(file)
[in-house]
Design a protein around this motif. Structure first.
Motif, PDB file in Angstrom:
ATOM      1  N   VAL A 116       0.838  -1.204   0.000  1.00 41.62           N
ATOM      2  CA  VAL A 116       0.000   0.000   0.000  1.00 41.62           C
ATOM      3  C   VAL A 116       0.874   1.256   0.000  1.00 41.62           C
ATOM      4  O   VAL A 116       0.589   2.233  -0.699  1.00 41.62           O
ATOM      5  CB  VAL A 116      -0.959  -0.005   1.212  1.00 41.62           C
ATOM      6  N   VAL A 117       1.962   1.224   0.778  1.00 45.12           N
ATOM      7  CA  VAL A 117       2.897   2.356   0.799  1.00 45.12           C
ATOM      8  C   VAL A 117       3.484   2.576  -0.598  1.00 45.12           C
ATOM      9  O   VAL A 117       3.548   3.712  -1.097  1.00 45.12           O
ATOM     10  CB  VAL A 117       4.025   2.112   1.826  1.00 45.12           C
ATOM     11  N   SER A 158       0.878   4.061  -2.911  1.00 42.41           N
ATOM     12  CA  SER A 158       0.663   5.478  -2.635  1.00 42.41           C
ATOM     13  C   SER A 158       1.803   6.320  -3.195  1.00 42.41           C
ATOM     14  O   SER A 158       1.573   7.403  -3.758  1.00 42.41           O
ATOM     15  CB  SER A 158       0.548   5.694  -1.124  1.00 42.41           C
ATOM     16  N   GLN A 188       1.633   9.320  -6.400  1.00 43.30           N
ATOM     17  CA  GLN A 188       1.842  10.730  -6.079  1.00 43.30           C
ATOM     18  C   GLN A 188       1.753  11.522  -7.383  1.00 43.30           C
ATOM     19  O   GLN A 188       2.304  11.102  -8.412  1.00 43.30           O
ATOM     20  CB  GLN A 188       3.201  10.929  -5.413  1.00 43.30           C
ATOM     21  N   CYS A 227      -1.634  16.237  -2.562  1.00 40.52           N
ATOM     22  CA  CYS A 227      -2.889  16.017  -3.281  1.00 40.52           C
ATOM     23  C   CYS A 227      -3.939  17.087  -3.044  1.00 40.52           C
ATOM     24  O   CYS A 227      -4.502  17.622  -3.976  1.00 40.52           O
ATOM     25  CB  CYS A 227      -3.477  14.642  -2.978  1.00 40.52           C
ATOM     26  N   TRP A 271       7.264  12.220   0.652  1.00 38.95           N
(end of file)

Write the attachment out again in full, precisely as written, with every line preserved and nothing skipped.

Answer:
[in-house]
Design a protein around this motif. Structure first.
Motif, PDB file in Angstrom:
ATOM      1  N   VAL A 116       0.838  -1.204   0.000  1.00 41.62           N
ATOM      2  CA  VAL A 116       0.000   0.000   0.000  1.00 41.62           C
ATOM      3  C   VAL A 116       0.874   1.256   0.000  1.00 41.62           C
ATOM      4  O   VAL A 116       0.589   2.233  -0.699  1.00 41.62           O
ATOM      5  CB  VAL A 116      -0.959  -0.005   1.212  1.00 41.62           C
ATOM      6  N   VAL A 117       1.962   1.224   0.778  1.00 45.12           N
ATOM      7  CA  VAL A 117       2.897   2.356   0.799  1.00 45.12           C
ATOM      8  C   VAL A 117       3.484   2.576  -0.598  1.00 45.12           C
ATOM      9  O   VAL A 117       3.548   3.712  -1.097  1.00 45.12           O
ATOM     10  CB  VAL A 117       4.025   2.112   1.826  1.00 45.12           C
ATOM     11  N   SER A 158       0.878   4.061  -2.911  1.00 42.41           N
ATOM     12  CA  SER A 158       0.663   5.478  -2.635  1.00 42.41           C
ATOM     13  C   SER A 158       1.803   6.320  -3.195  1.00 42.41           C
ATOM     14  O   SER A 158       1.573   7.403  -3.758  1.00 42.41           O
ATOM     15  CB  SER A 158       0.548   5.694  -1.124  1.00 42.41           C
ATOM     16  N   GLN A 188       1.633   9.320  -6.400  1.00 43.30           N
ATOM     17  CA  GLN A 188       1.842  10.730  -6.079  1.00 43.30           C
ATOM     18  C   GLN A 188       1.753  11.522  -7.383  1.00 43.30           C
ATOM     19  O   GLN A 188       2.304  11.102  -8.412  1.00 43.30           O
ATOM     20  CB  GLN A 188       3.201  10.929  -5.413  1.00 43.30           C
ATOM     21  N   CYS A 227      -1.634  16.237  -2.562  1.00 40.52           N
ATOM     22  CA  CYS A 227      -2.889  16.017  -3.281  1.00 40.52           C
ATOM     23  C   CYS A 227      -3.939  17.087  -3.044  1.00 40.52           C
ATOM     24  O   CYS A 227      -4.502  17.622  -3.976  1.00 40.52           O
ATOM     25  CB  CYS A 227      -3.477  14.642  -2.978  1.00 40.52           C
ATOM     26  N   TRP A 271       7.264  12.220   0.652  1.00 38.95           N